Bradford reporter. (Towanda, Pa.) 1844-1884, May 21, 1845, Image 4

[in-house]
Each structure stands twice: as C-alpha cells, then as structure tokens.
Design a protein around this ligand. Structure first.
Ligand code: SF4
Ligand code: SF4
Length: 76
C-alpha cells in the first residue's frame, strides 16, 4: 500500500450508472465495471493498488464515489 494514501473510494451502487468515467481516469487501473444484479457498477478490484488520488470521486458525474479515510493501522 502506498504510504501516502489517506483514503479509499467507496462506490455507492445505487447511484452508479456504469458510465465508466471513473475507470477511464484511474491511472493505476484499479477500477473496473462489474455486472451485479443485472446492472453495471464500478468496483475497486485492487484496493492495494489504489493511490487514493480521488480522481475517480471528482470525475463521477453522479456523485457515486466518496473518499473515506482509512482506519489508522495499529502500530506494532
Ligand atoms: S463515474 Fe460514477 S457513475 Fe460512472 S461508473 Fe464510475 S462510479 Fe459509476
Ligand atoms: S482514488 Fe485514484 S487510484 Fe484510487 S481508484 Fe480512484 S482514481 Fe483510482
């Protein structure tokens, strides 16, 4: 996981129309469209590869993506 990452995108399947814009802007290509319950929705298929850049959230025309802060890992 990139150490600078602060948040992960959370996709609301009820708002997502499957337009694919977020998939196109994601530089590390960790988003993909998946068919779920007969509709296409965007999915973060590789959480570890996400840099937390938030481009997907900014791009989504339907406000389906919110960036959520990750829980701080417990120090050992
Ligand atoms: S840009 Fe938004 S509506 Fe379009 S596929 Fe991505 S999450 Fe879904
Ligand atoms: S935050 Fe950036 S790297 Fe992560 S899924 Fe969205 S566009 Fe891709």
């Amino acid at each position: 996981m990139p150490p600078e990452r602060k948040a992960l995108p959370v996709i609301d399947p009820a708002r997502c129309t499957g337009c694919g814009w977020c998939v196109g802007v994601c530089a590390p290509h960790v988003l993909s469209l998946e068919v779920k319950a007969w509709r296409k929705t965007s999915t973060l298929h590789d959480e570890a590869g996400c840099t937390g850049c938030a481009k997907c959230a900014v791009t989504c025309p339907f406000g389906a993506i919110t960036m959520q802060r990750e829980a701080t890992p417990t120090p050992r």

s(.4§lsiseocremotts. Mrs. Caudle's Curtain Lectures. Mrs. Caudle Suggests that her Dear Mather Should -" Come and Live with them." "Is your Old better to night, Cau dle ? Yes ; I thought it was. "Twill be quite well to-morrow, 'I dare say.— There's a lovei You don't take care enough of yourself, Caudle, you don't. And you ought, I'm sure; if only for inp sake. For whatever I should do, if anything was to happen to you—but I ,won't think of it;, no, I can't bear to think of that. Still, you ought to take care of yourself ; for you know you're not strong, Caudle ; . you know you're nut. " Wasn't dear mother so happy with usi to night? Now, you - needn't go to sleep, so suddenly.- I say, wasn't she so happy ! You don't know , ?— How can you say you don't knoW You Must have seen it. But she al ways is happiei here than anywhere else. Ha ! what a -temper that dear snot has ! I call it a temper of satin ; it is so smooth, so casy,.and so soft:-- Nothing puts her out of the way. And then, if only knew how she takes your. part, Caudle ! I'm sure, if you'd been her own son ten times over, she couldn't be fonder of you. Don't you think so, Caudle? Eh, love ? Now, do answer. How can you tell? Non- Sense, Caudle . ; you mugt have seen ii. I'm sure, nothing delights the dear soul so much as when she's thinking how to please you. , " Don't you remember Thursday night, the stewed oysters .when you came home ? That was all dear mo ther's -doings ! Margaret." says she to. me, " it's a cold . night ; and don't you think dear Mr. Caudle woul&like something nice before he goes to bed ?" And that. Caudle, is how the oysters came 'about. Now, don't sleep, Cat]; die ; do listen to me, for five minutes ; 'tisn't often I Speak, goodness knows. " And then, what a fuss . she Makes when you're out, if yOur slippers arn't put to the fire for tyou. She's 'very good Yes—l know she is, Caudle. And hasn't she been six months— though i. her not to tell you-- six months, working a watch-pocket for you! And with,her eyes, deaf soul— and at her time of life ! " And then what a cook she is ! I'm sure, the dishes she'll make out of next to nothing ! I try hard enough to fol low her ;hut, I'm not ashamed to own it, Caudle, she quite beats me. Ha! the many nice little things she4l sim mer up for you—and I can't do it, the children, you know it, Candle, take so much of my time, I can't do it,love ; and I often reproach myself that I can't. Now, you shan't go to sleep, Caudle ; 'at least, not for five minutes. You must hear me. " I've been thinking, dearest—ha! that nasty cough, love !—l've been thinking, darling, if we could only per suade dear mother to come and live with us. Now, Caudle. you can't be asleep ; it's impossible—you were coughing only this minute—yes, to live with us. What a treasure we should have in her ! Then, Caudle, you ne ver need go to bed without something rice and hot. And you want it, Caudle. You don't want it? Nonsense, you do; for you're not strong, Caudle ; you know .you're not. " I'm sure, the money she'd save us in house-keeping. Ha ! what an eye she has for a joint ! The butcher doesn't walk that could deceive dear mother. And then, again, for poultry I W hat a finger and thumb she has for a chicken I I never could market like her; it's a gift—quite a gift.- " And then you recollect her mar row-puddings? You don't recollect 'em ? Oh, fie ! Caudle, how often you flung her marrow puddings in my face, wanting to know why I couldn't make 'em ? And I wouldn't 'pretend to do it after dear mother. I should think it presumption. Now, love, if she was only living with us—come you're not asleep, Caudle—if she was only living with us, you could have marrow-pud dings every day. Now, don't fling yourself about and begin to swear at marrow puddings, you know you like 'em, dear. " What a hand, too, dear mother has for pie-crust! But it's born with some people. What .do you say ? Why wasn't it born with me ? Now, Caudle, that's cruel—unfeeling of you ; I wouldn't have uttered such a reproach to- you .for the world. People can't be born as they like. " How often, too, have you wanted to brew at a home ! And I never could learn anything about brewing. But, ha! what ale dear mother makes ! You never tasted it ? No, I.know that. But I recollect the ale we used to have at home ; father never would drink wine 'afteriit. The best sherry was nothing like it. You dare say not ? No ; it wasn't indeed, Caudle. Then if dear mother was onlY with us, what money we should save in beer! And then you might always have your own nice, pure. good, wholesome ale, Caudle ; and What good it would do you! For you're not, strong, Caudle._ " And then dear mother's jams and preseives, love ! I own it, -- Caudie; tt has often tone io my heart that with Inlaid' meat yon ha:V.ii't always had a pudding., Now, if mother was•Witlius; in the matter of fruit puddings, she'd make it summer 'all the year round. , 7 -- But I never could prerierve—now nao titer does it, and for next to no money wfiatever. What nice dogs-in-a-blanket she'd make for- the Children-1 What's dogS-in-ci-blanket ? Oh, they're deli cious—as dear mother makes 'em. Now; yOu. hare - tasted her Irish stew, -Caudle You remember that? Come, you're not asleepyou remem ber that ?. And hots; fond you are of it ! And I never can have it made to please you ! Now, what a relief to me it would be if dear mother was always at hand that you,might have a stewapben you liked. 'What a load it would be off my mind. " Again, for picklei ! Not at all like anybody else's pickles. Her red cab bage—why It's as crisp as biscuit ! And then tier walnuts—and her all sorts ! Eh, _Caudle ? You know how you love pickles ; and how we some times tiff -about 'em ? Now, if dear mother was here, a word would ne ver pass been us. And I'm sure no thing would make me happier, for— you're not asleep, Caudle I—for .I can't bear to quarrel, can I, love ? " The children, too, are so fond of her! And she'd be such a help to me with 'em ! sure, with dear mother in the house, I shouldn't care a.gg for measles,' or any thing of the sort. As a nurse, she's such a treasure ! - "And at her time of life. what a needle-woman ! And the . darning and mending for the children, it really gets beyond me now, Caudle. How with mother at my hand, there wouldn't be a stitch wanted in the house. " And then when you're out fate, Caudle—for I know you must be out late sometimes ; I can't expect you, of course, to be always at home, whY , then dear mother could sit up for you, and nothing would delight the 'dear soul half so much. "And so, Caudle, love, I think dear mother had better come don't you ? Eh, Caudle Now, you're not asleep, darling ; don't you think she'd better come ? You say No ? You say No again I You won't have her, You say,; You won't that's fiat ? C audle—C au- Candle—Cau—dle—" "Here, Mrs. Caudle," says Mr. C. in his MS., " suddenly went into tears; and I went to sleep." STILE.-A young gentleman, having occasion to ask a lady for the snuffers across the table, addressed her in the following enamored strain : 4. Most beautiful, accomplished, and charming madam, will your ladyship, by an unmerited and undeserved con descension of your infinite goodhess, please to extend to your most obsequi ous, devoted and very humble servant, that pair of ignipotent digestors, that I may exasperate the excrescence of the, nocturnal cylindric luminary, in order` that the refulgent brightness of its re splendent brilliancy may dazzle the vision of our ocular optics more potent ly,, . THE LIAR.—As you would avoid the path of sorrow and misery—as you would turn from a crumbling precipice —run for your life front the steps of the list.. His breath will pollute and de stroy. None can confide in him,— none trust him. He , is hated by his companions and shunned by his friends. . Should you get entangled in the net of falsehood use the utmost exertion and prudence to regain your former stand ing ; for unless you do, farewell to all your hopes—to all your joys, both in this life and that which is to come. On, Tins Lovn.—The editor of the I3uffalonian says he would sooner try to go to sea on a shingle, make a ladder of fog, chase a stream of lightning through a crab-apple orchard, swim the rapids of Niagara, or set lake Erie on fire with Lucifer matches, as to think of stopping young people from getting married when they take it into their heads to do so. EXPRESSIVE.—In the debate on the bill Concerning poor debtors, in the Maisachusetts Legislature, Mr. Hop kinson,-of Lowell, said the bill was in tended to reach the fraudulent debtor, who wore a ruffled shirt, dresied rich ly, and fared sumptuously, and owed the butcher for the very meat on his bones-. To PREVENT APPLES PROM ROTTING. —Some northern wiseacre says, that if yon would preventipples from rot ting, you should put them in a dry, warm cellar, and then let a family of fifteen children have access to them three times a day. It would save a good many of them, that's certain. A GALLANT MAN.—The editor. of the Savannah Georgian, recently received a bowl of tine strawberries, which he pre. pared with cream, and then sat down, and sent them to a female- invalid—ana that man is a bachelor. IT OUGHT.-.lt is proposed by some one to - have the laws printed on India rubber paper, so that it may be stretch ed a bit when a rich culprit is hauled up. FRIENDSIIIPeit faithful friend that reproveth of errorsos preferable to a . deceitful parasite: the-wounds of a friend are more healing than the soft words of a flatterer. Pm•-• - t• - r-' . .-rv - aMI _-~ ~- z ~~! ~l s 1, TAE preceding fire, is to represent 'the INSENSIBLE PERSPIRATION. It is the great evacuation fOr.the impurities of the body. It will be &diced that 4 thick cloudy mist issues from all points of the surface, which indiciates the wonderful process going on with in. This perspiration flows uninterruptedly when we are in health, but ceases when we are sick. It should be the care of every one to see that it is not checked. Life cannot be sustain. ed without it. It is thrown off from the blood and other. juices of the body, and disposes by this means, of nearly all impurities within use. The blood by this means only, works itself pure. The language.of Scripture is, "in the blood is the life." If it over becomes impure, it may be traced directly to the stoppage of the insensible perspiration. It never requires any internal medicines to cleanse it, as it always purifies itself by its own heat and action, and throws off all the offending humors, through all the offending humors, through the insensible perspiration. Thus we see, all that is necessa ry when the blood is stagnant or infected, is to open the pores, and it relieves itself from all impurity instantly. Its own heat and vitality are sufficient, without sine particle of medicine, except to open the pores upon the surface.— Thus we see the folly of taking so much inter nal remedies. All practicioners, however, di rect their efforts to restore the insensible pers piration, but it seems to be not always the pro per one. The Thompsonians for instance, steams, the Hytiropathist shrouds us in wet blankets, the Homopathist deals out infinitissi mals, the Allopathist bleeds and doses us with mercury, and the blustering quack gorges us with pills, pills, pills. But one object only is in view, viz: to re store the insensible perspiration. If this can be done, they say, we will take care of the rest. It will be seen, therefore, that all physicians understand alike what is necessary to a recove ry, how much they may differ as to the mode of obtaining it. To give some idea of the amount, and con sequently the importance of the insensible per spiration, we will state that the learned Dr. Le wenhocl and the great Boerbaave, ascertained that five-eights of all we received into the sto mach, passed off by this means. In other words, if we eat and drink eight pounds per day, we evacuate five pounds of it by the in sensible perspiration. . ' This is none other than the used up particles of the blood, and other juices, giving place to the new and fresh ones, by carrying with.it all the impurities within, up to the surface. l'To check this, therefore, is to retain in the sysftem five eights of all the virulent matter that nlture demands should leave the body. And even when this is the case, the blood is of so active a principle, that it determines those particles. to the skin, where they form scabs, pimples, ul cers, and other spots; but if it is directed in wards, and fans upon the lungs, the conse quences are generally fatal. _ _ By a sudden transition from heat to cold, the pores aro stopped, the perspiration ceases, and disease begins at once to develope itself.— Hence, a stoppage of this flow of the juices, •originates so many complaints. It is through the surface that we imbibe nearly all our ills. It is stopping the pores, that overwhelms mankind with coughs, colds, and consumption. Nine-tenths of the world die from diseases in duced by stoppage of the insensible perspiration. It is easily seen therefore, how necessary is the flow of this subtle humor to the surface, to preserve health. It cannot be stopped; it can not even be checked, without producing dis ease. The blood and intestines must relieve themselves of all their worn-out particles, and poisonous humors, and they must go through the pores as nature designed. Let me ask. now, every candid mind, what course seems the most reasonable to pursue, and unstop the pores, after they are closed and let the perspiration flow, that the blood may re lieve itself of its impurities I Would you give physic to 'unstop the pores'! Or would you apply something that would do this upon the surface, where the clegging actually is I Would not (hit be common sense! And yet I know of no physician who makes an internal appli cation to effect it: The reason I assign is, that no medicine within their knowledge, is capable of doing it. Under these circumstances, I pre sent to physicians and to all others, a prepara tion that hai this power to the fullest extent-: It is McAllister's All-Healing Ointment or the Worlds Salve. It has power to restore perspi ration on the feet, on the head, around old sores, upon the chest, in short, upon any part of the body, whether diseased slightly or severe ly. When the perspiration is restored, it has ,power to netrate the lungs, liver, or any part of the h • an system, and to act upon them, if they diseased, by separating the inflamed morbid particles therefrom, and expelling them to the surface. It has power to cause all external sores, scro fulous humors, skin diseases, poisonous wounds to discharge their putrid matter, and then heals them. - It is a remedy that sweeps off the whole cata logue of cutaneous disorders, and restores the entire cuticle to its healthy functions. It is a remedy that forbids the necessity of so many and deleterious drugs taken into the stomach. It is a remedy that neither sickens, gives in convenience, or is dangerous to the intestines.. This remedy is probiblY the only one now known, that is capable of producing all these great results. Its great value is in restoring at once, the circulation of the juices when check ed, or disarranged by-cold or othei causes; It preserves and defends the surface- from all de rangement of its functions, while it keeps open the.channels for the blood to avoid all its impu rities end dispose of all its useless particles. There is a connection, harmony, and feasibility in all that defies contradiction. It is a simple, but wonderful principle that preserves in heal thy operation the entire. machinery of our be ing. It indissolubly holds together thisuiface and the internal viscera, the ,. .internal viscera and the surface. They arc inseparably con nected and cannot be &joined. The surface is the outlet of five•eights of the bile and used , up matter within. -It is pierced with millions of openings to relieve the intestines. • Stop up these pores, and death; kfiocks at your door.. It is rightly termed. All-Healing, for, there is scarcely a disease,, external or , intern 4 that it will not benefit. It.will b4i found the most use ful as well as-the cheapest family medicine in the world.. have. Used it for the last fourteen years with success withotit a parallel. I have used it for all disease of the chest, consumption, liver, and the most dangerous ofinternal mala dies. I have _used At in cases of extreme perd and hazard, involving the, utmost .dangerand responsibility, and I declare before Heaven and man, that not in one single case has it failed to benefit, when the patient was within' the reach of mortal means. I never, to my recollection had more_than ' five or six among the thousands who have used it, say that it was not favorable to their complaint. , .On the contrary I have had hun dreds return voluntarily. and in thawarmest and most pathetic language speak in its praise. I have,had physicians; learned in, the profession; I have bad ministers of the gospel, Judges on the bench, aldermen and lawyers, gentleteen of the highest erudition and multitudes of poor, use it in every - variety of way, and there has been but one voice, one united. universal voice saying ",McAllister your'ointment is. good.'? - _Constimption.—Of all diseases, we find this the most important, and concerning which we meet with the most opposition. It can hardly be credited that a salve can have more effect upon the lungs, seated as they are within the system. Bet pre Say once for all,• that this ointment will reach the lungs quicker than any medicines that can be given internally. every body consents to the fact that if healing me dicine could be applied on the lungs, there would be great hopes of recovery. The diffi culty is to get the medicine there. Now the Salve has the wonderful virtue of extracting the putrid, humors from all external sores by causing them to discharge. In like manner it operates upon internal affections by driving all the impurities through the pores to the surface. Thus with consumption, if placed upon the chest, it penetrates directly to thi, lungs, sepa• rates the poisonous particles that are consuming them and expels them from the system. It is the simplest and most rational process in creation, if one has the medicine capable of doing it. The All-Healing Ointment possesses this power to the fullest extent. I need not say that it is curing persons of Consumption continually, although we are told it is foolish ness. I care not what is said, so long as I can cure several thousand persona yearly. If this medicine-was in the hands of some patent me dicine brawlers, they would make an uproar through the country• that wou!d be insupporta ble. Scrofula or King's Eva—This disease is really inveterate, and hard to be subdued. It is generally seated in the sides of the neck, be hind the ears and under the chin, yet scarcely any part of the body is exempt. It sometimes falls upon the lungs and produces consump tion. It is a dreadful circumstance, that this disease is transmitted from parents to children. The Salve will extract ell the morbid mat ter by causing the sores to discharge ; and then let then the Solar Tincture be used to drive it to one point, which done, a continuance of the Ointment will completely remove this disorder. This is the safest and most effectual of any me thod. It should be adopted without a mo ments!hesitation. Erysipelas —This complaint arises from im purities being driven out to the surface by means of the insensible perspiration, and lodging 'in the cuticule, forms sores, pimples &c., it being of a caustic, acrid putrifying nature: It'only requires that it should discharge its virulent particles through the skin, and the difficulty will pass off. If suffered to remain, and driven inwards it is frequently fatal. Let the Salve and Solar Tincture be used as in scrofula and the patient will soon get well. Stilt Rheuni.—This is another obstinate dis ease but can be cured effectually as the scrofu la. There is no difficulty in this disease. Head ache,.. Ear ache and Dectnees.—The Salve has cured persons of the Head-Ache•of 12 years standing and who had tt regularly every week, so that vomiting often took place. It cured the wife of a man who laughed in my face for proposing such a care. and who now would not be without it for the best farm in the State. If any one will take the trouble to call I will give his name. Deafness and Ear-Ache are helped with the like success as also Ague in the face. Cold Feet.—Consumption, liver complaint, pains in the chest or side, falling of the hair, one or the other always accompanies cold feet. It is a sure sign of disease in the system to have cold feet. Some persons are totally una ble to get them warm, andendure much suffer ing thereby. The salve will restore the insensible perspi ration and thus cure every case. It is infalli ble for this. Asthma, Tightness of Breath.—lf this dis ease is not hereditary and produced by the mal formation of the chest, the salvo will cure it. Dyspqrsia—Ono would suppose, a salve would not effect this disease much but the Ali- Healing.Ointmeat will cure two sooner than any internal remedy will cure one. Sore Eyes. —The inflamation and disease al ways lies back of the ball of the eye in the sock et. Hence the utility of all remedies that are used upon the lids. The virtue of any medi cine must reach the seat of inflation or it will do little good. This salve if rubbed on the temples will penetrate directly into the socket and infuse all its virtues upcn the disorder.— The pores will be opened. a proper perspiration will be created and the disease will soon pass off to the surface. How easy and how natu ral ! It is as perfect and valuable as it is sim ple and philosophical. Sore Lips Chapped Hands sell a great deal of ;Ave toSeamen, who say it is the only thing they can depend on to cure their raw hands, when exposed to the weather at sea. It acts like a charm in these complaints. Two or three applications cures. Pimples on the face,freeklee, tan, maseriline skin, gross surface.—lts first action is to expel all humor. It will not cease drawing till the face is free from any matter that may be lodged under the skin and frequently breaking out to the surface. It then heals. When there is nothing hut grossness, or dull repitlsivesurthce, it begins to soften'and soften until the skin be comes as soft and delicate as a child's. 1 t throws a freshness and blushing color upon the now white transparent skin that is perfecily enchant ing. Sometimes in case of Freckles it will first start out thbso that have lain hidden and seen but seldom. Pursue the salve and all will soon disappear. The reason for this wonderful change in a lady's face is that it excites into natural and healthy activity the Insensible Perspiration, while it renovates and renews the surface, and leaves the skin in as lively and delicate a con difien• as the most fastidious could desire, It is put up in fine jars and beautifully scented on purpose for the toilet. Burns,—Lire can always be saved if the vi tals are not injured. I have so many testimo nials for the cute of this conarlaint thatil could Gila bOok. I.suppirie thereis not a family in the United-States; that would torrent to be 'without this salve a singli;aay if they knew its balm in healing Burns alone: It extracts the .Pain and leaver, the place without a scar. Quinsy sore throat, Influenza, Bronehitia. —There is not an internal remedy. id existence that will cure these disorders • . as quick as the salve. It opens the pores on the-neck 'and draws off all.the inflammation and impure jui• ces, and a few ,days; will see the patient well. It is sovereign in these cases. . Pika.o—'lho salve acts upon the piles Se up on sore eyes; There is an inflammation Which mutt be drawn from the parts. The salve does this. Hernia or RuPure.—This salve has cured some very bad cases of rupture, and although it might nokall, yet it would be wise to try it.— It is a pecular complaint, but it may be helped some, if not cured entirely. I• have not• the shadow of a doubt that it would cure thoriaands if the trial Was made, who believe no medicine of the. least. benefit. TivU shillings worth would satisfy any one, whether it would do good , a not. "Worms.-;--1( parents knew hoW fatal most medicines were to children taken inwardly, they would be stow to resort to them. Especially " mercurial lozenges,". called "medical hzen ges," " vermifuges; pills, &c. Even were it possible to say positively that worms were_pre • sent, it is lot safe. The truth is, no one can tell, invariably, when worm are present. Of comae the remedy is not apgheable to the com plaint. Now let me say to parents, that this salvo will always tell if a child has worms.—: Let it be rubbed on the neck and chest, to keep them from going up, and then down on the bowels and they will soon leave. It will drive every vestige of them away. This is a simple and safe cure. No injury can come of it in any way. But should it be cholic, inflation of the bowels, or gripe of the intestines, it will ef fectually cure them as the worms. There is probably no medicine on the face of the earth at once so sure and safo in the expul sion of worms. It would be cruel, nay wicked, to give inter nal doubtful medicines, so long as a harmless, certain, and effectual external one could be had. Cholic, Pain, or Inflammntion of the Bow els . —Let the salve be rubbed in and heated with the fire or hot fiat irons, and all pains and difficulty will soon cease. Swellings of the joints, or weakness, or any affection of the bone, nothing is so good for as this salve. Poisons.-1 never knew anything so good as this salve. It causes the" poison to discharge immediately, and leaves not the slightest cause of alarm. Poisons by nails, bites of animals, or burns, it removes when nothing else will. Toilet—l have it done.up in fine order for the dressing case. Althotigh I have said little about it as a hair restorative, yet I will stake it against the world ! They may bring their oils far and near, and mine will restore the hai'i two cases to their one. These are no idle words, for I am ready to back it with any reasonable amount: Old Sores, Mortification,Gleers, 4.e.—There is no effectual way of curing these,but drawing off the putrid matter. To merely dry it up would only endanger one's health more. That some sores are an outlet to the impurities of the system, is the only reason, because they cannot pass off through the natural channels of the In sensible Perspiration. If Suchsores are healed up, the impurities must have some other outlet, or it w ill endanger life. This is the reason why it is impolitic to use the common salves of the day in such cases. For they have no power to open other revenues, to let off' all this' morbid matter, and the consequences are always fatal. This salve will always provide for such emer gencies. There need be no fear. It iserfect.p Broken Breast.—Persons need neverlave a broken breast. The salve will always prevent it, if used in season. Lirer Compluint.—Personshaving this com plaint frequently .brive eruptions of the hands, face and other parts, rind never once thin k that it arises from the liver. Their utter inability to remove these irruptions, proVes their misappre hension of the disorder. Such must use it first on the feet, then wear it on the chest, and the difficulty will soon go away. 'lliac Passion or Griping of the Intestines. —This disease caused the death of the late H. S. Legere, Attorney General and acting Secre tary of (the United States It is the stopping up of the smaller intestines, and sometimes the twisting of them. It is brought on hjr a neg lect of the daily evacuations, or from incarcera ted Hernia. The pains are awful, and unless help comes speedily, the sufferer soon dies. The All-Healing Ointment would have saved the life of Mr.Legare and all others under sim ilar circumstances. Corns.—lf the salve is used according to di r:eons, people need never be troubled with corns--especially cut out by some travelling mountebank who knows ho is doing more mis chief than he can possibly repair. A tittle of this ointment put on now and then will always keep them down. Indeed there are few complaints that it will not benefit. It is a Family Salve of untold value. As long as the sky rolls over one's head and grass grows upon the earth, it will be sought after, used and valued. As there is - no mercurial substance in it, but composed entire ly of vegetables it gives no good ground for ap- prehension. We have full certificates, from all the per sons whose names are here given, but not hav ing room for them, we merely give their names, Noland the disease of wltich they were cured. . Thomas Moshier, 179 Ninth-st— weak back; W W Way, car. King and McDonough sta--- EOM eyes . ; M 3 Way do erysipelas ; DrJ Clark, 210 Stantou-st—ulcerated sores; Dr I Covet, 132 Sullivanat;--ague 'in the face ; F R Lee, 245 Bowery—pain in the breast 1 Rev 3 Gibbs Dover-st—family medicine; Henty Gibbs, 113 Bowery—influenza; A Stuckey, 608 Fourth at—family medicine; E Conway. U S Court —burns, scalds; Eliza . Bunker, Flatbush—con sumption; M A King, 100 Oliver st—burns ; 'E Kipp, 275 Second-st—quinsy ; J Vanderpool Cherry-st—cancer ; Brirr Nash—piles; W. E Turner, 91 liidge-st—do ; C Mann, Globe Ho tel—ruptures; .1. Hurd, 17 Batayia-st—salt rheum; G Summer, 124 DivisiOn-st—do; J Medic, 20 MerCer-st—do; H A West, 107 Marks place—burns, frosted feet, D. Thorp, 145 Norfolk st—sore eyes; F. •Caplin, 225 Broome st—do; P Bowe , 3G Willett st—do ; 11 B Jenkins, Phrenix Bank-4.1o; J F Honly, do—caused by gunpowder; Dr Mitchell, 79 Mercer-at—broken breast ; C - D Jacobson, 199 Stanton-et-rheumatism; B J Russell—do; E Willetts, 303 Pearl st—eruptions ; E Robb; 237 Bleeker-st—agae in the face; C 'Frances, 39 Bowery—family medicine ;- D S Judd, 657 Water-fit—family ointment; P•Otten, 124 Di vision st—rheumatism in the head; 8 W: Ro binson, 70 Essex st—family ointment ; S Has riot, 45 Allen st—sore eye's.; G Coward, 195 Diviiion st—do ; M Develin. 313 INaterst— come, dm; P Deinarest, 368 Hudson fit-4n.- eimmation in-the chest ;' . .N Athinrom: Huston st—asthma ; M A- Burnett, 06 Suflblk st— ague in chest ; N Wyeath. 120 Division st bite of - a dog and ! 121 ...mka st—weak beck ; J Chapman, 259 Division 'affection of the liver; W Graham, 19 R s** -pain in the side ; E Hama, 19 Norfolk* cutaneous eruption ; H Bingham, 84 „ --pain in the breast; A Knox, 90 j a i gh i chapped bands ; J Culver, 191 Btamon ulcerated sores ; J P Bennett, sore throat, matism ; 9 P Taylor, 46 Forsyth st...b . complaint; W Dokins, pustow=constimplict Sold by H.S..* Iif.C.NERCUR, T own, and . 4.PERKINS, Athena. 147 Wright's Vegetable tn IF, during during the continuance elk , A and Floods, the channels of OUR MIGIITT RIVI.IIB become so obstructed as to afford ea ruiteriu outlet for the superabundant waters, ae sea e pect nothing less than that the stom m li country, will be • OVERWLIF.VOLED WITQ VIE FLOOD. In a like manner with the human body—if Skin, Kidneys, and Bowels, (the natural ou lets for vsetess AND COIIIMPT nritoris) becom so obstructed as to fail in affording full diac . harge of those impurities which are all cases TUE CAVAZ OP 131CLIT.AS we Bluely can expect no other results thenfi the whole frame will sooner 0 later be ovrzawntrattn writ' maids. As in the first place, if we would prevent a inundation we must remove all obstructi ons, the free disettarge of the superabundant water 80, in the second plae,e, if we would peeve and cure disease, we mud open and keep opt. all the Natural Drains of the body. WIIPORT ' I3 INDIAN VEGETABLE PILIA, Of the North Ameriean College of Heart will be foudd one of the best if not the very DEBT MEDICINE IN THE WOULD for carrying out this beautiful and simple the, ry ; because they completely clense the Slomac and Bowels from all Billious [tumors and oth er impurity, and at the same time promote healthy discharge from the Lungs, Skin. an Kidneys; consequently, as all the 'Natun Drains arc opened, Disease of every name is literally driven icor, the Body ("-• Caution—As the great popularity an, consequent great demand for Wright's lethal vegetable Pills has raised up a host of cuontor feiters, country agents and storekeepers trill be on their guard against the many imposters who are travelling about the country selling to th unsuspecting a spurious article for the geonine It should be remenipered that all station' agents are provided a Certificate-of Agency signed by WHAT AM W RIGIIT, Vice Presides of the N. A. College of Health. Conseque nt ly, those who otter Indian Vegetable Pills and cannot: show a Certificate, as above described, will be known as imposters. . The following highly respectable Store keepers have been appointed Agents for t4e sale of ~ • 1511 TAIT VEGETABLE PiLLA, and of whom it is confidently believed the ge. flume medicine can with certainty be nbtained: BRADFORD COUN'FI, PA J . D.& E. D. Montanye, Tomah. D:Brink, Horubrook: S: W:& P.F.Pomeroy, Troy. Lyman Durfoy i J. J. &C. Warren!, Monreeton: Wm. Gibson, Ulster. Ulysses Moody, Asylum. John Horton Jr.. Terrytown. Coryell & Gee, Burlington corners. - Benjamin Coo!bough, Canton. L. S. Ellsworth & Co., Athens. - Allen &, Storrs, Sheshequin. Guy Tracy, Milan. A .R.Soper t. Columbia Flatts. Offices devoted exclusively to the sale of td medicine wholeiale and retail,22B Greenstick street, New York, No. 199 Tremont street Boston, and 169 Race street, Philadelphia. BswAns nv CorxTraysyrs.—The p f uhlit are respectfully informed that medicine pupa:. ing to be Indian Pills, made by one ti, Falek, are not the genuine Wright's Indian Vegetable Pills. ..The only security against imposition is b purchase from the regular advertised war., andin offenses be particular to ask fur 1frt;;;41 . Indian Vegetable Tilt... [no Mtn SPECIAL COURT. WHEREAS the Hon. Ws• JES , " President Judge of the 11th Judicio , district has appointed a special court drool mon pleas to be holden for the trial of cause. certified to him, in Bradford county, on Mon day the 23d day of June next at t , ..0 the afternoon, of which the following is 111;A to wit: • Alexander Baring et. al., vs. J. Harkness et.: Life insurance and trust company vs. Edna Overton ; • Samuel Benight vs. WarSeely et.al.; same vs. Lewis M. Palmer et.al Chester Butler and wife vs. Amos Ackls; same vs. John Bennett; G. M. Hollenback et. al., vs. David Bingbira et. al. ; Alexander Baying et. al. vs .I.Kingsley et. al same vs. dames 0. Tracey Pt. al.;" same vs. Hezekiah Crowell et. al.. same vs. same ; • same vs. Ezra Allen ; same vs. Solomon Hosier et. 314 • same va. William Harkness etal; same vs. Sally Welles & Gee. II Welles executors &c. same vs. William S. Ingalls; same vs. James Roe ; same vs. Shubel Rowley et. al.; same vs. Richard Garrison et. al., same vs. Stephen Wilco% et. al.; same vs. Zepeniah Knapp et.sl, same vs. Wm Cooper, etal. same, vs. Jesse Shepard. - AARON CHUBBUCK Prot Prothonotary's 016 Ce, Towanda, April 14. 1845. S _ _ New Blaeksmithing • . zgu,a,23glb.,.munav3 TllE SUBSCRIBER, having for.osi partnership with his brother, coensers to.earry on the bu'siness at his hrother' oo . stand, east side of Main street, south irid' d the borough, whore he is prepared to all orders for Horse.shoeing, Carriage& t work and 'Edge Tools. lie assures the public that all work entrote to his carp will ho well (lone, as he has 'Mot -"glib' learned his trade and is determined t render satisfaction. JOHN A. ESENWINE* Towanda, December 30,mz0 1844. f CCAZ % - .15 l,r.a AD. MONTANYE has rrnlorsll). . Drug Store to the t hi r d d oor !siovi D•• E. D. Tiontanye's More, Mail) or' where yen will at a ll times find a good i s '` °l merit of Drugs.. 4 Medicines. • Nov. '25, 1845.